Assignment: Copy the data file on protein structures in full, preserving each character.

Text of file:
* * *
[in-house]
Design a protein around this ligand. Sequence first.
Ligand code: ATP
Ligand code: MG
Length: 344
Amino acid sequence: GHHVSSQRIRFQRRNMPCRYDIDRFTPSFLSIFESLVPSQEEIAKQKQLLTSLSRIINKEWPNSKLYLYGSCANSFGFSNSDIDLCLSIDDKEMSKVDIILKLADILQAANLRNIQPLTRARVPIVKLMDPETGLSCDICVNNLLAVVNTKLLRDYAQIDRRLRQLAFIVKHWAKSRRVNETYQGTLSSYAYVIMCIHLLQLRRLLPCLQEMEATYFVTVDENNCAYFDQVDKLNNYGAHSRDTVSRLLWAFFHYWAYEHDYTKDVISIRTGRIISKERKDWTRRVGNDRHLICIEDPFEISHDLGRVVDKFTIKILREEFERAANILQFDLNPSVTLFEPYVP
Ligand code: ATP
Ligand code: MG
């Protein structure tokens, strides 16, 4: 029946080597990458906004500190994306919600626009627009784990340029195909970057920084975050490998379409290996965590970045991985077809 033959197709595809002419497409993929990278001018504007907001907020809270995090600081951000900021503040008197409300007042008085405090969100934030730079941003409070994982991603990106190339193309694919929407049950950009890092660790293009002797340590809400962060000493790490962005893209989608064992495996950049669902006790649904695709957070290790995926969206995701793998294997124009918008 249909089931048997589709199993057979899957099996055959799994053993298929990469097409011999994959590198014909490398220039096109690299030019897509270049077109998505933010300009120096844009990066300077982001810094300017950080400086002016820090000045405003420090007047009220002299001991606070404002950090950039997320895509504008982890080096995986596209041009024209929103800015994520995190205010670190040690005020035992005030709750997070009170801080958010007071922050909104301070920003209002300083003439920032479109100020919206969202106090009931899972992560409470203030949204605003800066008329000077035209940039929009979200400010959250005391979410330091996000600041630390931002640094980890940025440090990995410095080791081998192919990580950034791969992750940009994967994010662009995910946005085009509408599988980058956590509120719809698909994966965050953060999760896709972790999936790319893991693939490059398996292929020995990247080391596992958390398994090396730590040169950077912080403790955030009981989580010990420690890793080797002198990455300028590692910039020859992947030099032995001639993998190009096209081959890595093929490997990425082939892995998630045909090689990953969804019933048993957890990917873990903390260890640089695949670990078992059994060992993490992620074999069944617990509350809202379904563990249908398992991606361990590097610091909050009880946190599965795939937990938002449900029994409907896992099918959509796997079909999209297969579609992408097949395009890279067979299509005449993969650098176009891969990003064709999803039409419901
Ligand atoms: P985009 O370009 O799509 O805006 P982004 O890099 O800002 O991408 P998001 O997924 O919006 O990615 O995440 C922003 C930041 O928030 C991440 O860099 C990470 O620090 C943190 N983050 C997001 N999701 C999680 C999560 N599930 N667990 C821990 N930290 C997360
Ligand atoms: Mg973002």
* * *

[in-house]
Design a protein around this ligand. Sequence first.
Ligand code: ATP
Ligand code: MG
Length: 344
Amino acid sequence: GHHVSSQRIRFQRRNMPCRYDIDRFTPSFLSIFESLVPSQEEIAKQKQLLTSLSRIINKEWPNSKLYLYGSCANSFGFSNSDIDLCLSIDDKEMSKVDIILKLADILQAANLRNIQPLTRARVPIVKLMDPETGLSCDICVNNLLAVVNTKLLRDYAQIDRRLRQLAFIVKHWAKSRRVNETYQGTLSSYAYVIMCIHLLQLRRLLPCLQEMEATYFVTVDENNCAYFDQVDKLNNYGAHSRDTVSRLLWAFFHYWAYEHDYTKDVISIRTGRIISKERKDWTRRVGNDRHLICIEDPFEISHDLGRVVDKFTIKILREEFERAANILQFDLNPSVTLFEPYVP
Ligand code: ATP
Ligand code: MG
């Protein structure tokens, strides 16, 4: 029946080597990458906004500190994306919600626009627009784990340029195909970057920084975050490998379409290996965590970045991985077809 033959197709595809002419497409993929990278001018504007907001907020809270995090600081951000900021503040008197409300007042008085405090969100934030730079941003409070994982991603990106190339193309694919929407049950950009890092660790293009002797340590809400962060000493790490962005893209989608064992495996950049669902006790649904695709957070290790995926969206995701793998294997124009918008 249909089931048997589709199993057979899957099996055959799994053993298929990469097409011999994959590198014909490398220039096109690299030019897509270049077109998505933010300009120096844009990066300077982001810094300017950080400086002016820090000045405003420090007047009220002299001991606070404002950090950039997320895509504008982890080096995986596209041009024209929103800015994520995190205010670190040690005020035992005030709750997070009170801080958010007071922050909104301070920003209002300083003439920032479109100020919206969202106090009931899972992560409470203030949204605003800066008329000077035209940039929009979200400010959250005391979410330091996000600041630390931002640094980890940025440090990995410095080791081998192919990580950034791969992750940009994967994010662009995910946005085009509408599988980058956590509120719809698909994966965050953060999760896709972790999936790319893991693939490059398996292929020995990247080391596992958390398994090396730590040169950077912080403790955030009981989580010990420690890793080797002198990455300028590692910039020859992947030099032995001639993998190009096209081959890595093929490997990425082939892995998630045909090689990953969804019933048993957890990917873990903390260890640089695949670990078992059994060992993490992620074999069944617990509350809202379904563990249908398992991606361990590097610091909050009880946190599965795939937990938002449900029994409907896992099918959509796997079909999209297969579609992408097949395009890279067979299509005449993969650098176009891969990003064709999803039409419901
Ligand atoms: P985009 O370009 O799509 O805006 P982004 O890099 O800002 O991408 P998001 O997924 O919006 O990615 O995440 C922003 C930041 O928030 C991440 O860099 C990470 O620090 C943190 N983050 C997001 N999701 C999680 C999560 N599930 N667990 C821990 N930290 C997360
Ligand atoms: Mg973002």